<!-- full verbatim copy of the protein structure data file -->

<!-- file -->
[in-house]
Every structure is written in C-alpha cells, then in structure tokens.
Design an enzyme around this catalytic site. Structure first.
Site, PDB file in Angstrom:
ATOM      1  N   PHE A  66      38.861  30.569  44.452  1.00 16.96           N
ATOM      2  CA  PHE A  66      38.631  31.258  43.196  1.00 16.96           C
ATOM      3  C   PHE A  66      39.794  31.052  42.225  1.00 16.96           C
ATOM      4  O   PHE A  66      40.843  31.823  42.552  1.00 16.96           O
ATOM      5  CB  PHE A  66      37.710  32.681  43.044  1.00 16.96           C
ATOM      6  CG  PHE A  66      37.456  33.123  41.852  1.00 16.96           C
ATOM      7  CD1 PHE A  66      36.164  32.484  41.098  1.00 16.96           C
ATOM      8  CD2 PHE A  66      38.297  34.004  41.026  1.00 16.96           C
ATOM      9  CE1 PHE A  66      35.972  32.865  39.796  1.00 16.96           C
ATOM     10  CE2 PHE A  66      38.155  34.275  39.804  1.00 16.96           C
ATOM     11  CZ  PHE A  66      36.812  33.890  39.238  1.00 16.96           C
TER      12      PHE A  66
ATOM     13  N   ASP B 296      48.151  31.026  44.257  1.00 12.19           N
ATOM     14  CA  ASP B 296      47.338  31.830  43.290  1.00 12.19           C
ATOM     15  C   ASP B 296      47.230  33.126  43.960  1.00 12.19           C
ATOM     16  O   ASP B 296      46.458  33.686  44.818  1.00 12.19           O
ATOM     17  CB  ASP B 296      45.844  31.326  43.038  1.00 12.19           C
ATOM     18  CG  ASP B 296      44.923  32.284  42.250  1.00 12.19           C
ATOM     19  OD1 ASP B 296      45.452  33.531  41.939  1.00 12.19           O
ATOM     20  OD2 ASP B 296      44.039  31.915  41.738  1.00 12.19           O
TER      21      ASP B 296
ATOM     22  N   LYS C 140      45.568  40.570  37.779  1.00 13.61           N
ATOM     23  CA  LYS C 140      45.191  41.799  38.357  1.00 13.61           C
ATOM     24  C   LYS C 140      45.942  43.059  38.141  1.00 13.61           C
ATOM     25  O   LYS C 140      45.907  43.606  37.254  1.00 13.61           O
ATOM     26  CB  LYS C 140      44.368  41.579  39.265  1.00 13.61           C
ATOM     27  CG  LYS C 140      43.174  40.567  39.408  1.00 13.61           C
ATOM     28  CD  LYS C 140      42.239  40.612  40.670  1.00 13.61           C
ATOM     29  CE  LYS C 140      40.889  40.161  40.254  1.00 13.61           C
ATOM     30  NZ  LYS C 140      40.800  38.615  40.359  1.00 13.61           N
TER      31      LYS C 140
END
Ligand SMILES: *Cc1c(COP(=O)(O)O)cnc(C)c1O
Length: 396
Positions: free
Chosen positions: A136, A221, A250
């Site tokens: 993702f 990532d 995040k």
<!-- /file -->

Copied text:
[in-house]
Every structure is written in C-alpha cells, then in structure tokens.
Design an enzyme around this catalytic site. Structure first.
Site, PDB file in Angstrom:
ATOM      1  N   PHE A  66      38.861  30.569  44.452  1.00 16.96           N
ATOM      2  CA  PHE A  66      38.631  31.258  43.196  1.00 16.96           C
ATOM      3  C   PHE A  66      39.794  31.052  42.225  1.00 16.96           C
ATOM      4  O   PHE A  66      40.843  31.823  42.552  1.00 16.96           O
ATOM      5  CB  PHE A  66      37.710  32.681  43.044  1.00 16.96           C
ATOM      6  CG  PHE A  66      37.456  33.123  41.852  1.00 16.96           C
ATOM      7  CD1 PHE A  66      36.164  32.484  41.098  1.00 16.96           C
ATOM      8  CD2 PHE A  66      38.297  34.004  41.026  1.00 16.96           C
ATOM      9  CE1 PHE A  66      35.972  32.865  39.796  1.00 16.96           C
ATOM     10  CE2 PHE A  66      38.155  34.275  39.804  1.00 16.96           C
ATOM     11  CZ  PHE A  66      36.812  33.890  39.238  1.00 16.96           C
TER      12      PHE A  66
ATOM     13  N   ASP B 296      48.151  31.026  44.257  1.00 12.19           N
ATOM     14  CA  ASP B 296      47.338  31.830  43.290  1.00 12.19           C
ATOM     15  C   ASP B 296      47.230  33.126  43.960  1.00 12.19           C
ATOM     16  O   ASP B 296      46.458  33.686  44.818  1.00 12.19           O
ATOM     17  CB  ASP B 296      45.844  31.326  43.038  1.00 12.19           C
ATOM     18  CG  ASP B 296      44.923  32.284  42.250  1.00 12.19           C
ATOM     19  OD1 ASP B 296      45.452  33.531  41.939  1.00 12.19           O
ATOM     20  OD2 ASP B 296      44.039  31.915  41.738  1.00 12.19           O
TER      21      ASP B 296
ATOM     22  N   LYS C 140      45.568  40.570  37.779  1.00 13.61           N
ATOM     23  CA  LYS C 140      45.191  41.799  38.357  1.00 13.61           C
ATOM     24  C   LYS C 140      45.942  43.059  38.141  1.00 13.61           C
ATOM     25  O   LYS C 140      45.907  43.606  37.254  1.00 13.61           O
ATOM     26  CB  LYS C 140      44.368  41.579  39.265  1.00 13.61           C
ATOM     27  CG  LYS C 140      43.174  40.567  39.408  1.00 13.61           C
ATOM     28  CD  LYS C 140      42.239  40.612  40.670  1.00 13.61           C
ATOM     29  CE  LYS C 140      40.889  40.161  40.254  1.00 13.61           C
ATOM     30  NZ  LYS C 140      40.800  38.615  40.359  1.00 13.61           N
TER      31      LYS C 140
END
Ligand SMILES: *Cc1c(COP(=O)(O)O)cnc(C)c1O
Length: 396
Positions: free
Chosen positions: A136, A221, A250
């Site tokens: 993702f 990532d 995040k």